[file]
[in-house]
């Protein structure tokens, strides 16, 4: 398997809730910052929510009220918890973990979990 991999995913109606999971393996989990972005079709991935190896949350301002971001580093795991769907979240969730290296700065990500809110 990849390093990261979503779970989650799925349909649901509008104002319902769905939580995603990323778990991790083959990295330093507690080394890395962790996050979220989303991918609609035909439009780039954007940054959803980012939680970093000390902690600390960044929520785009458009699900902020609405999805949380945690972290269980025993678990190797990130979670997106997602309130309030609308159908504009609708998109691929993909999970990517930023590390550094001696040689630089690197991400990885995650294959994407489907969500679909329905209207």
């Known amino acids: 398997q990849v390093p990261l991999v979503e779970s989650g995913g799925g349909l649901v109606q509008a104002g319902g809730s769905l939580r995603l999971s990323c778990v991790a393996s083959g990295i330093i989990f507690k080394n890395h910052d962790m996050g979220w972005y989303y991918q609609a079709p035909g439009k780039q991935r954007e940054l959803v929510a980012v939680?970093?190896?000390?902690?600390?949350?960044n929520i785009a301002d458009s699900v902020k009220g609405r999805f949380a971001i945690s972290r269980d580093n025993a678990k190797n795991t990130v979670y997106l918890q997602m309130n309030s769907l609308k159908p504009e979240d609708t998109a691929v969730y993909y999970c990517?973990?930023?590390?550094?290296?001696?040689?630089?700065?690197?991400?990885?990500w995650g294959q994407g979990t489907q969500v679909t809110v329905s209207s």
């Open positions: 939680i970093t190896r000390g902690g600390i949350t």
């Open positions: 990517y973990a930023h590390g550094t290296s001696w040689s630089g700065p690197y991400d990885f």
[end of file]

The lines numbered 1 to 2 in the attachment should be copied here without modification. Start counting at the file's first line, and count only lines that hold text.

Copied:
[in-house]
């Protein structure tokens, strides 16, 4: 398997809730910052929510009220918890973990979990 991999995913109606999971393996989990972005079709991935190896949350301002971001580093795991769907979240969730290296700065990500809110 990849390093990261979503779970989650799925349909649901509008104002319902769905939580995603990323778990991790083959990295330093507690080394890395962790996050979220989303991918609609035909439009780039954007940054959803980012939680970093000390902690600390960044929520785009458009699900902020609405999805949380945690972290269980025993678990190797990130979670997106997602309130309030609308159908504009609708998109691929993909999970990517930023590390550094001696040689630089690197991400990885995650294959994407489907969500679909329905209207």